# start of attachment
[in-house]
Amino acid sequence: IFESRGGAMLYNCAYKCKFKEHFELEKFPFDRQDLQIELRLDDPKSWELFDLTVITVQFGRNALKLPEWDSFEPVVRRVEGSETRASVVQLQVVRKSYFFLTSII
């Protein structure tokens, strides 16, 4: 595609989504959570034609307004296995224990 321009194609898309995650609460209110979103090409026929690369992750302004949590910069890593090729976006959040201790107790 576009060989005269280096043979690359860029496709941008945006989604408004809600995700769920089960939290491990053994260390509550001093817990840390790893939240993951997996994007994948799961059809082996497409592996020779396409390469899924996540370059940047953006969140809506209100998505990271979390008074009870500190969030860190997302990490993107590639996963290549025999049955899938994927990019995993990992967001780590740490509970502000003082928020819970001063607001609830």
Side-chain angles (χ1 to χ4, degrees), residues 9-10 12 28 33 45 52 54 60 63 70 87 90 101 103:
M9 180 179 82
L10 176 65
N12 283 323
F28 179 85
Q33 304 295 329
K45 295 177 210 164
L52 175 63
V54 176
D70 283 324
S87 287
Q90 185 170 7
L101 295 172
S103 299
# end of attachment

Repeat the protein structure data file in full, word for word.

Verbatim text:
[in-house]
Amino acid sequence: IFESRGGAMLYNCAYKCKFKEHFELEKFPFDRQDLQIELRLDDPKSWELFDLTVITVQFGRNALKLPEWDSFEPVVRRVEGSETRASVVQLQVVRKSYFFLTSII
């Protein structure tokens, strides 16, 4: 595609989504959570034609307004296995224990 321009194609898309995650609460209110979103090409026929690369992750302004949590910069890593090729976006959040201790107790 576009060989005269280096043979690359860029496709941008945006989604408004809600995700769920089960939290491990053994260390509550001093817990840390790893939240993951997996994007994948799961059809082996497409592996020779396409390469899924996540370059940047953006969140809506209100998505990271979390008074009870500190969030860190997302990490993107590639996963290549025999049955899938994927990019995993990992967001780590740490509970502000003082928020819970001063607001609830």
Side-chain angles (χ1 to χ4, degrees), residues 9-10 12 28 33 45 52 54 60 63 70 87 90 101 103:
M9 180 179 82
L10 176 65
N12 283 323
F28 179 85
Q33 304 295 329
K45 295 177 210 164
L52 175 63
V54 176
D70 283 324
S87 287
Q90 185 170 7
L101 295 172
S103 299